Social media manager and spectacular juggler

Photo credit: voguerhythm.tumblr.com

Photo credit: voguerhythm.tumblr.com

Marisa Lather is a social media manager who knows how to juggle. Her fashionable little hands gracefully rotate a full time job, part time freelance work and a personal blog.

Who is she?

Marisa is the marketing director for Microgrid Solar. She maintains a social media and marketing strategy for the renewable energy services provider.

She also acts as a freelance social media consultant, helping clients establish and optimize their brands on various social media platforms.

Whatever free time she has goes into her blog, which is sustained primarily by images from her instagram.

Lessons learned

1. Don’t just post something to post something. Most young people, especially those just starting out on social media, post things for the sole reason that they can. It has no benefit, to the person posting or to the people reading. I know I did this for a while, and I probably still do, but at least now I am more aware that I don’t need online evidence of my meaningless ramblings. Like she said, “whenever you post something, let there be intention behind it.”

2. Audit accounts. Because we’ve probably all posted something without really thinking about it first, it’s a good idea to check your accounts regularly and clean them up if needed. Marisa suggested going through each of your accounts– anything with your name on it– at least twice a year to double check privacy settings delete any alarming photos and posts. Do a quick sweep of things your friends have posted about your and be sure your username and bio are accurate and honest and convey a professional image.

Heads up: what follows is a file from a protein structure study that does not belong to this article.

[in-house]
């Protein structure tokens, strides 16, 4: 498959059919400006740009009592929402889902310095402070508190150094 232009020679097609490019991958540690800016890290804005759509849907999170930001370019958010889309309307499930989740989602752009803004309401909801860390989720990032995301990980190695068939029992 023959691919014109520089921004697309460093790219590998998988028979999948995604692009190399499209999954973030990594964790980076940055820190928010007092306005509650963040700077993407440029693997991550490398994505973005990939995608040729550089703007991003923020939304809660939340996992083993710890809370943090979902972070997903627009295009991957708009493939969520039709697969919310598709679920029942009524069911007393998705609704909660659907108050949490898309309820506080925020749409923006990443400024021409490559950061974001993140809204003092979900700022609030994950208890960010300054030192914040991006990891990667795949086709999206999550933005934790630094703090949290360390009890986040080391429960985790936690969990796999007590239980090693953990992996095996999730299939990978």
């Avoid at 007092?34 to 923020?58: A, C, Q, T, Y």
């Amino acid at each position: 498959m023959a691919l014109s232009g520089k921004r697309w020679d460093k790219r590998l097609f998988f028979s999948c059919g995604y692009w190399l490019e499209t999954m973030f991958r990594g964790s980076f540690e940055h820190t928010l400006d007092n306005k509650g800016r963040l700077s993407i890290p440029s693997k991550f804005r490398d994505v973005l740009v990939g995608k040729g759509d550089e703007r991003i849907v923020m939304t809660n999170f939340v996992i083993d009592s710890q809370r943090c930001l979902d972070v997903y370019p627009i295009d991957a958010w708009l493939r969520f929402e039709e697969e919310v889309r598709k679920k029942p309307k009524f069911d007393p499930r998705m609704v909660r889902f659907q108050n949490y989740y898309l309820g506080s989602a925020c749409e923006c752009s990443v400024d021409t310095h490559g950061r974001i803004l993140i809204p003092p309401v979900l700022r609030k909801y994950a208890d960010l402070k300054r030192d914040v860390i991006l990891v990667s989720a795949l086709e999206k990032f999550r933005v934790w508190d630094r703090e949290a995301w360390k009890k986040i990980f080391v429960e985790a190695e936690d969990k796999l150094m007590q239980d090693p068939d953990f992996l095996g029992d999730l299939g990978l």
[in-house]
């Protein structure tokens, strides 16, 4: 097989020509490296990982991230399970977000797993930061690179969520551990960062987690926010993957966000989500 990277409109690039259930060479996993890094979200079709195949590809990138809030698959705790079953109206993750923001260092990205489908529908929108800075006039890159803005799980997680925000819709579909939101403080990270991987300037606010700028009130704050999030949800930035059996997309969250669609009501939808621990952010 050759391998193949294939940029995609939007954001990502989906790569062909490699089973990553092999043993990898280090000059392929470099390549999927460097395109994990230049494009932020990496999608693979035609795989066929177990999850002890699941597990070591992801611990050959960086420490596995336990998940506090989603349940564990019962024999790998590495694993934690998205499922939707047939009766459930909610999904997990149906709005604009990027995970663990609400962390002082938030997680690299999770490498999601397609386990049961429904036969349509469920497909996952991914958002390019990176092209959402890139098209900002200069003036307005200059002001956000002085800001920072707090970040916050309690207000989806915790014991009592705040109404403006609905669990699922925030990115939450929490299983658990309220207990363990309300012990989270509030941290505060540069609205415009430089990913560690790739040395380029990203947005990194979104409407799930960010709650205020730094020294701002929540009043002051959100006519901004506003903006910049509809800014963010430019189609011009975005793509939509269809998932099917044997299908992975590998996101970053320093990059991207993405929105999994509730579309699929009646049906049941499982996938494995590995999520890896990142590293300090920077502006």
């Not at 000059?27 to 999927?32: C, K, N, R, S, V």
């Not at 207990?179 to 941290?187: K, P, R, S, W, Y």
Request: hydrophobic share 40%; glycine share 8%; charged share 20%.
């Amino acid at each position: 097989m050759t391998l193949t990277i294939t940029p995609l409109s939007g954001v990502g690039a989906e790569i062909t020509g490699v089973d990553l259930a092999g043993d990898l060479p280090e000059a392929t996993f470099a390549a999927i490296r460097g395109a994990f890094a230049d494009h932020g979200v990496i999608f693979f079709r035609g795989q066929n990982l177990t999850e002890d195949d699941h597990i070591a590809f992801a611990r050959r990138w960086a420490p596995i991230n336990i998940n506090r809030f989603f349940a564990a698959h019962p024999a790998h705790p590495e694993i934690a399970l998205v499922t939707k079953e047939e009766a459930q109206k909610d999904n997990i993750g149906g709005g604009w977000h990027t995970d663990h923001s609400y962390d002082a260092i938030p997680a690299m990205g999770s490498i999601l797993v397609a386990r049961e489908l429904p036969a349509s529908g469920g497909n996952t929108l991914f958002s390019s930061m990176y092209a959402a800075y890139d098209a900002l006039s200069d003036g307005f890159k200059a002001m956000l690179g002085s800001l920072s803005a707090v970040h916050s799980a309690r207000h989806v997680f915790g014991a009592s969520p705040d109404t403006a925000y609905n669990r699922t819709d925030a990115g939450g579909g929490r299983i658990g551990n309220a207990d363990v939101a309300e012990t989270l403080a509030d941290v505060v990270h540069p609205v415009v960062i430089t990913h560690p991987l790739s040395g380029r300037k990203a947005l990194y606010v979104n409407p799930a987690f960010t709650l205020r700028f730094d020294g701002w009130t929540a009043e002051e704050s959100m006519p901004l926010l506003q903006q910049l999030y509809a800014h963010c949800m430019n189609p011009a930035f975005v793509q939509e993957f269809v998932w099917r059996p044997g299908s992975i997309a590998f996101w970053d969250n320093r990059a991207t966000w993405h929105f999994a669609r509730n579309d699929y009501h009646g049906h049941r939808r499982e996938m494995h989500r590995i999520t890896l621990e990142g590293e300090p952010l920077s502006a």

(Update: I actually just did this. I ended up deleting over a dozen photos that were less-than-ideal when taken out of context. I will take a good hard look at my posts later; I need to finish this blog first!)

3. Take control of your brand. “Everything you put out about yourself is your brand. Take control of that now.” Post photos that convey a professional image and share accomplishments and skills. Don’t share things you wouldn’t want to explain to your grandmother and don’t leave any room for speculation. If a picture could send out the wrong message when taken out of context, put text on the image before uploading to explain the situation.

4. Pick a couple of networks to focus on. Marisa said it’s best to pick a few networks to focus on rather than trying to be everywhere doing everything. Then of course, she named half a dozen sites she updates regularly. I want to take “a couple” a little more literally. I know that even when this class is done, I will do my absolute best to maintain a blog and to send out tweets, since those each hold strong influence in my industry. Jill should be a bit worried about the fate of my Pinterest account.

5. Connect with people. When it comes to any online networks, I don’t connect with people unless I’ve actually met them in person. It makes me comfortable to see friendly faces everywhere. Marisa suggested connecting to people who work in the same field as you. If someone in a journalism-related position is looking to connect with me, I should accept. At least this way I can be made aware of more job opportunities in the industry I’m interested in. This also increases the potential of a post and it helps get your messages out to as many people as possible.

Marisa’s presentation provided some helpful reminders for those of us who may not be online experts. Though some of the points seem obvious, we all slip up. Without a friendly reminder from a local expert or two, we don’t realize the mistakes we’ve been making as we take to social media.

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